science

I have tested positive for Covid – and I feel really guilty


It started with a text that was doing the rounds from Lambeth council’s director of public health: the South African variant of Covid had been discovered in a tiny box of postcodes that included our house, and we were all encouraged to get tested. I forwarded it to a neighbour, who said: “This cuts off just before our houses. This is basically: ‘Don’t go to the supermarket down the road.’” Is it a sign of cognitive impairment that I can’t find my own house on a map? Not really: I can never do that.

Still, we had ordered tests by then. I was reasonably sure we were an early-adopter household in the matter of the pandemic. Mr Z had a meeting a year ago with someone else who had just had a meeting with Nadine Dorries, and he felt mortally unwell after that when the news broke that she had Covid. She’s been our go-to yardstick of wellbeing ever since. How do you feel? Well, a bit rough, but not like I’ve had any proxy face-to-face contact with a junior Conservative health minister.

Maybe six hours after the text, he wanted to know if he felt hot. I am not a fan of this ritual. We own a thermometer. We really don’t need to hand-check each other’s foreheads like a pair of gibbons and then have a fight about whether there’s been user error in the matter of hands. It’s like trying to guess the time using the sun when you have a clock on your oven. But he seems to like it. Unless I say he’s not hot – then he doesn’t like it at all.

“You’re not hot,” I told him.

“Get the thermometer … Look, it’s 37.3! I’m at the outer limit of normal.”

“That is normal. That is exactly normal.”

“It’s the highest you can be without a fever.”

“A fever is 37.8.”

We were arguing about things you can Google. One of us had to be ill, surely? I was, if I’m honest, feeling a bit peculiar.

I wasn’t hot. I didn’t have a cough. I had perfect taste and smell. I didn’t have fatigue, or did I? What is tired? How much energy? I felt like a dog meme off the internet. I’d forgotten what normal was. My main ailment was that I didn’t have any appetite, except when someone left a fish finger sandwich half-eaten on their plate, then I worked through it like a robot vacuum cleaner.

Maybe I was just bored? Looking for a pointy stick to clean the crumbs from between the cooker and the counter, I realised that in 47 years, I’ve never done that before. It’s a symptom of something, isn’t it, compulsive cleaning? Oh right, it’s a sign that you’re pregnant. No, wait, it’s a sign that you’ve been pregnant for ages, and you’re just about to go into labour. So, not that then.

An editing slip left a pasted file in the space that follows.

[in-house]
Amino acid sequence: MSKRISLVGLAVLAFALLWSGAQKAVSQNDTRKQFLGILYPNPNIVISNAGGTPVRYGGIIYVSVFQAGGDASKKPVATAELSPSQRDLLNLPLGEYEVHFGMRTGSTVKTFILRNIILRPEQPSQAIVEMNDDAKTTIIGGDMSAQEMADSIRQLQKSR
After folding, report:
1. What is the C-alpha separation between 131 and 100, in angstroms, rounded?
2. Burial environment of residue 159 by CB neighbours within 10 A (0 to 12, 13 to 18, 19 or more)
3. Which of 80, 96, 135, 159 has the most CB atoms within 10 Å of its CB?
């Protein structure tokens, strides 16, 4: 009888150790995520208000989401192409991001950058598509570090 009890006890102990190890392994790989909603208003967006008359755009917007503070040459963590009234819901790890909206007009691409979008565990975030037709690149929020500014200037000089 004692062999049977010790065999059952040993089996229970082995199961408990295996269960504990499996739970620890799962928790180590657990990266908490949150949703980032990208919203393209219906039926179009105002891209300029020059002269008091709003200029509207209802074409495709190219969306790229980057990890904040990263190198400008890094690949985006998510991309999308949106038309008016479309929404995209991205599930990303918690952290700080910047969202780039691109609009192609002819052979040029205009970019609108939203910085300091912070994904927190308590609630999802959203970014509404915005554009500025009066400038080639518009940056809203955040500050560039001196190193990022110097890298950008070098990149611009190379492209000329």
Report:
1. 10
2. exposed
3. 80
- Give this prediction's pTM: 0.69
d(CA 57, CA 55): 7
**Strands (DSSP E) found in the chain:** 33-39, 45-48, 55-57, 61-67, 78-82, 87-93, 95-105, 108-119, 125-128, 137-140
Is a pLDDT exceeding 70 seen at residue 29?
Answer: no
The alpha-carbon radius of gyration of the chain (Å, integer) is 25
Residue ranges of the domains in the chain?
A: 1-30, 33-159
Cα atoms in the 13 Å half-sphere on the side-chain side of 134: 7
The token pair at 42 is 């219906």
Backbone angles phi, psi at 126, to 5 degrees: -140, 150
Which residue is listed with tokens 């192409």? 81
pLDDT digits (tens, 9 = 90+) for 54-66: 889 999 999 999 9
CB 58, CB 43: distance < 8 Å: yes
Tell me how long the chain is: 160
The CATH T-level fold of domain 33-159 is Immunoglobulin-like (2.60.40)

“It doesn’t feel like tiredness,” said my friend, who had Covid over Christmas. “It’s more like the life force has drained out of you and all your muscles have become a kind of lumpy soup.” OK, I didn’t feel like that. It was more like – I don’t know if anyone else, in the 90s, when they were young and stupid, took a popular illegal drug known as ecstasy? Imagine you did; now imagine that point in the night, say 5am, where it’s wearing off, but you haven’t been to sleep. So you’re simultaneously tired and wired, and you can’t wait to go to sleep, yet at the same time don’t want to. I felt like that.

“Ugh,” she said, “you could never just get Covid, could you? You have to have bon vivant’s Covid.”

I went upstairs to check how Mr Z was. “I’m fine,” he said, in dudgeon, as though the question had been: “Have you returned from the realm of the second rate?” The competitively hot phase was over, and we were now in competitive recovery.

My result came through; I’d tested positive. “I feel like Wilfred Owen,” I said. “I feel like I’ve been shot on the last day of the war.”

“You are nothing like Wilfred Owen: a) the war isn’t over; b) you’re still alive; and c) you have created no significant body of poetry.”

“You know what they say about marital disharmony? Try to use ‘I feel’ expressions.”

He was just sore because his test results weren’t back. I was sore because I basically had Tory MP Covid, where you say you’ve got it, but can still make a medium amount of sense on GMTV from your weird living room. It’s not that I wish I were more ill. I just hate Tory MPs.

Underneath that amorphous, Matt-Hancock-centred indignation, possibly underneath all indignation, I feel really guilty, as if I’ve undermined the national effort just by getting it. I feel relieved it’s not worse, then guilty about feeling relieved, as if I’ve failed a basic solidarity duty, not played my part, been a virus-freeloader. The only thing that would make me feel worse than admitting I have it would be to not admit it. The only thing that will make me feel better is if Mr Z also has it. Look, it’s marriage – I don’t make the rules.



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